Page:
Processing of USDA Commodities Donated to the National School Lunch Program
RCED-92-67: Published: Dec 31, 1991. Publicly Released: Dec 31, 1991.
- Full Report:
Pursuant to a legislative requirement, GAO provided information on the processing of commodities donated by the Department of Agriculture (USDA) to states and schools participating in the National School Lunch Program, focusing on: (1) the extent to which states contract with food processing companies to process commodities into table-ready products; (2) differences in state processing requirements; and (3) schools' satisfaction with their access to processors and processor services.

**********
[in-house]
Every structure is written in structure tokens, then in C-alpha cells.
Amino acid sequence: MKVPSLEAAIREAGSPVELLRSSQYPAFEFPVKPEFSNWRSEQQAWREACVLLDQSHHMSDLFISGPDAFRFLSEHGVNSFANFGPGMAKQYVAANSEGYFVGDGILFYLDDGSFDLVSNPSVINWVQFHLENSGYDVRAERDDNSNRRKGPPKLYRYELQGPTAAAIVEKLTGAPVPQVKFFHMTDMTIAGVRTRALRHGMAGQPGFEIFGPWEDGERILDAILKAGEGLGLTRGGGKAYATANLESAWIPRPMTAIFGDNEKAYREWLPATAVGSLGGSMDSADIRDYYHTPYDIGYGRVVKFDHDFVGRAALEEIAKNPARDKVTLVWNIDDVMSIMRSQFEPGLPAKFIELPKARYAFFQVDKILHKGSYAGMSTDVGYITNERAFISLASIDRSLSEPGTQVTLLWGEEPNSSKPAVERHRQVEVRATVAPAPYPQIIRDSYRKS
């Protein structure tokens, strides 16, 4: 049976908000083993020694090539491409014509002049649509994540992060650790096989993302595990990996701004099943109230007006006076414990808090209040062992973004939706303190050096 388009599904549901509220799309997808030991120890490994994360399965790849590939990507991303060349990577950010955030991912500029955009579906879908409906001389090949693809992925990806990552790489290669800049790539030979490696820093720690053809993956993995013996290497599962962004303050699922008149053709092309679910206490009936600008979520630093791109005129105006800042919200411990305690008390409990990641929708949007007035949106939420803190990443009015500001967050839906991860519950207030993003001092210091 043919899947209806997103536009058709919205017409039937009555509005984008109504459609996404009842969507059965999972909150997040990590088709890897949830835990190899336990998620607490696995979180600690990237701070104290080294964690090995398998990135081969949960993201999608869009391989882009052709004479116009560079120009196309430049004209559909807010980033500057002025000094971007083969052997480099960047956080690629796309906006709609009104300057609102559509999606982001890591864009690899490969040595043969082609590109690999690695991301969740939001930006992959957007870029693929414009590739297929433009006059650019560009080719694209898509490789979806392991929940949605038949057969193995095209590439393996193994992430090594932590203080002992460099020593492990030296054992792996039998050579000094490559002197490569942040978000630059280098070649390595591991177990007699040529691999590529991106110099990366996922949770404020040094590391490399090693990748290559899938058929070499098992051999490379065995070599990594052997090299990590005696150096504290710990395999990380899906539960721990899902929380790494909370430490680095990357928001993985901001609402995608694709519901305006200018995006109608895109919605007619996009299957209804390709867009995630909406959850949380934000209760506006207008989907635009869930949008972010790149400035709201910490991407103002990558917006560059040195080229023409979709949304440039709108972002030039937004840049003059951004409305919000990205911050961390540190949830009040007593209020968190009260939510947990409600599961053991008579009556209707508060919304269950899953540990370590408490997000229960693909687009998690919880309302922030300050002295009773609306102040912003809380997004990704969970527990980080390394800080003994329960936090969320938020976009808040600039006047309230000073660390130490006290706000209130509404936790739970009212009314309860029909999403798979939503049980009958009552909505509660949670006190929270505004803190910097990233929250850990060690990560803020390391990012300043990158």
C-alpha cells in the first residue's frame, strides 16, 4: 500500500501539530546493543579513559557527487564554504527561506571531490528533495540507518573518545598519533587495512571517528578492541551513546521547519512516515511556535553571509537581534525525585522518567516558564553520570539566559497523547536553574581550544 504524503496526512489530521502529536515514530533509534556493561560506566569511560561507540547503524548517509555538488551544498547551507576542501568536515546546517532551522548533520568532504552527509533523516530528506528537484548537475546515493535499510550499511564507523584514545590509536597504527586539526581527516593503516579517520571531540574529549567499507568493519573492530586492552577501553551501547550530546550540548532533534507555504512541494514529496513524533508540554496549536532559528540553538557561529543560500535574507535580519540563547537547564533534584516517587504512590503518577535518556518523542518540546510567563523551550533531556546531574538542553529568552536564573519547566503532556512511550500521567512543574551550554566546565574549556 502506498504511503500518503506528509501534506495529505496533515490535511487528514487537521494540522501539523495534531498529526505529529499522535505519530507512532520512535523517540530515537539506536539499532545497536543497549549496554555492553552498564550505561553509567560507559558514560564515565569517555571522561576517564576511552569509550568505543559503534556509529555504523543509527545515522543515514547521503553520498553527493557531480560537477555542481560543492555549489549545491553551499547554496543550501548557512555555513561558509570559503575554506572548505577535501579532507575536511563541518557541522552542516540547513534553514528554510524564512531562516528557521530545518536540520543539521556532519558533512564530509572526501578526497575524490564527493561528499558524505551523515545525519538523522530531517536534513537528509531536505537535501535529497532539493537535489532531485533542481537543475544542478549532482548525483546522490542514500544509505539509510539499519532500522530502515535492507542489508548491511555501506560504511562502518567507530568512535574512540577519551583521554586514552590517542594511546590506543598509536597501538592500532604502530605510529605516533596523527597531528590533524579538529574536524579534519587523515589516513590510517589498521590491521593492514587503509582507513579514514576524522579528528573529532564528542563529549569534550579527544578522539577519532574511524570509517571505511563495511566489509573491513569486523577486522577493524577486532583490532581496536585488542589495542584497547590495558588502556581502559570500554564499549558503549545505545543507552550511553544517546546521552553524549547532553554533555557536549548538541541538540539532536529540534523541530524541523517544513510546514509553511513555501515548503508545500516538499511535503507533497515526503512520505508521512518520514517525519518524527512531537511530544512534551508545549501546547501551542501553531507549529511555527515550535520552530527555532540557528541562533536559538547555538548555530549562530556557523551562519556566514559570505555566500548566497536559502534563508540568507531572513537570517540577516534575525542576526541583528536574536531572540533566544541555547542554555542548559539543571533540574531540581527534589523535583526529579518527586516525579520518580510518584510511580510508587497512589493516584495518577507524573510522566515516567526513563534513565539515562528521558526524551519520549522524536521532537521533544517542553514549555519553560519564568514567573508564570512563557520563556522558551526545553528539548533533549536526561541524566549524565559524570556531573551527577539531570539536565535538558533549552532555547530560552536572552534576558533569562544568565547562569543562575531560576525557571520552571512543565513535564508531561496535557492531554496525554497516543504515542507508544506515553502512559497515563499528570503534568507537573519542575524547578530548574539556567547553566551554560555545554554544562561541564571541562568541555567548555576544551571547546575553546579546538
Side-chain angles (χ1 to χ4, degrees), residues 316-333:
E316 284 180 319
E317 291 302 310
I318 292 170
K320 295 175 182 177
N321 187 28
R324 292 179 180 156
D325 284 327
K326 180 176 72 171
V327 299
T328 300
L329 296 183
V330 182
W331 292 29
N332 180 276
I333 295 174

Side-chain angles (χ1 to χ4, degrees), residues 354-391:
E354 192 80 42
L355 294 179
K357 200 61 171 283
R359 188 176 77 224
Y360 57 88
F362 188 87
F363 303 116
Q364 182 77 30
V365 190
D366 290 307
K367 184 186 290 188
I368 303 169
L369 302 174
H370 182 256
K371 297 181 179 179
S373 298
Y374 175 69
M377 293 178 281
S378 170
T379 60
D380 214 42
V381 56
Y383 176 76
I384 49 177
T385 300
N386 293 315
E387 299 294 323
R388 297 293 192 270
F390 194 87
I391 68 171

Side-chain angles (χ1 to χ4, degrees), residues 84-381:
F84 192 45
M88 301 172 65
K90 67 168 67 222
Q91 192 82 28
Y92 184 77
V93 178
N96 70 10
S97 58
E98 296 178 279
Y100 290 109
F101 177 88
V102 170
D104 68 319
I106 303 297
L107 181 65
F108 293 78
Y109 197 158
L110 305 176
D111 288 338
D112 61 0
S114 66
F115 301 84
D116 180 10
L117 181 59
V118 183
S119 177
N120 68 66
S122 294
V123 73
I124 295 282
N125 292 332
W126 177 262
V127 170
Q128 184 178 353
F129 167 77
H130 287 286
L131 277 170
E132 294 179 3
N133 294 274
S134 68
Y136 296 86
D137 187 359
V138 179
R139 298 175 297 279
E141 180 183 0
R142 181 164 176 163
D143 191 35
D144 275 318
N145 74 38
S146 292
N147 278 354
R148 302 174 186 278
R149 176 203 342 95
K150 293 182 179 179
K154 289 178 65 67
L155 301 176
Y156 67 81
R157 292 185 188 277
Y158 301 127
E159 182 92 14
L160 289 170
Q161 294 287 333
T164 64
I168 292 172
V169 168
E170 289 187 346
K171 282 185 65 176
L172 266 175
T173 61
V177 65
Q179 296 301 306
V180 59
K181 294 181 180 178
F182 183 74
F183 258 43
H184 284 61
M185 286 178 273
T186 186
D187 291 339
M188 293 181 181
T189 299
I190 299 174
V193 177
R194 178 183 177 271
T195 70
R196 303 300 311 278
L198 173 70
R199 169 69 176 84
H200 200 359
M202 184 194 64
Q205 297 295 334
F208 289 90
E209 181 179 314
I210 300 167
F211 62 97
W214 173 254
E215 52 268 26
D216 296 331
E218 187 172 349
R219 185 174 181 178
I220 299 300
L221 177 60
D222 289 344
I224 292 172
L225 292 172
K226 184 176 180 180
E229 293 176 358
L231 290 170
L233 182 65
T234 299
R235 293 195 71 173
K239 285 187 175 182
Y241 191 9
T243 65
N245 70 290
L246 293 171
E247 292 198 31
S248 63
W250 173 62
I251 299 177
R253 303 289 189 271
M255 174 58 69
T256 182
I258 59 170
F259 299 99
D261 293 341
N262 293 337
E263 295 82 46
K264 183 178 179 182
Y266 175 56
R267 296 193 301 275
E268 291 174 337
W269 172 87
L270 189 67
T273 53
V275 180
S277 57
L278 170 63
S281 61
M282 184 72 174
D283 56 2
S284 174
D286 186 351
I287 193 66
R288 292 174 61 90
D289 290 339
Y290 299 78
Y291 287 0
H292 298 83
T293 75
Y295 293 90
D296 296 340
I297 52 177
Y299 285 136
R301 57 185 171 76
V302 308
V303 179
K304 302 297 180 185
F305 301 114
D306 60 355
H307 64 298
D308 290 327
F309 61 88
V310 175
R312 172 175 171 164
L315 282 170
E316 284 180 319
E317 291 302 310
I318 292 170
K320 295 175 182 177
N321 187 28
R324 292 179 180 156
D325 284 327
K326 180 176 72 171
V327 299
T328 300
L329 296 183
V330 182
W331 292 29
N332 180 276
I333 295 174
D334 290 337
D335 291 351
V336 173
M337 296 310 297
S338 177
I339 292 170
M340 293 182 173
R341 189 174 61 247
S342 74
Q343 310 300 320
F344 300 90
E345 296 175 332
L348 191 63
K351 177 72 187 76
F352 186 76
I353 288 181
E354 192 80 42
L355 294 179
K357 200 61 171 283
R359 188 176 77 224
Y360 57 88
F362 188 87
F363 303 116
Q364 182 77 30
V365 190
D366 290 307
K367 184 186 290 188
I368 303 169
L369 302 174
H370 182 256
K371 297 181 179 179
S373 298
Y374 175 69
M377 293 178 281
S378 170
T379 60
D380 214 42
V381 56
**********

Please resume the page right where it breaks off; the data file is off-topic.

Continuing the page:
GAO found that: (1) in school year 1990, states sent $77.5 million of the $624 million of donated food they received to processors; (2) although 47 states, 2 U.S. territories, and the District of Columbia entered into at least 1 processing contract during 1990, 8 states and 1 territory accounted for about 76 percent of the food sent to processors; (3) the Food and Nutrition Service (FNS) requires that commodity processing be conducted under contracts with certain mandatory requirements; (4) states develop their own processing contracts and can augment FNS requirements; (5) 43 states and the District of Columbia added a total of 589 special provisions to their contracts; (6) most special provisions fell into 12 categories and included requirements regarding providing information on substitution and conmingling of donated food, byproducts, grading, payment arrangements, quality control, inventory protection, and reporting requirements; (7) although some processors indicated that differences in state processing requirements add to processing costs and adversely affect their operations, most processors did not consider such differences to be a major problem; (8) the American Commodity Distribution Association and USDA have initiatives under way to provide additional guidance on commodity processing and to promote standardization of processor contracting forms and processor reporting requirements; (9) local school district officials were generally satisfied with their access to processors, but state officials and national associations representing local school districts differed in their level of satisfaction; and (10) local school district, state, and national officials were satisfied with processor services and a USDA study reported that 98 percent of the school districts that received processed commodities were satisfied with the end products.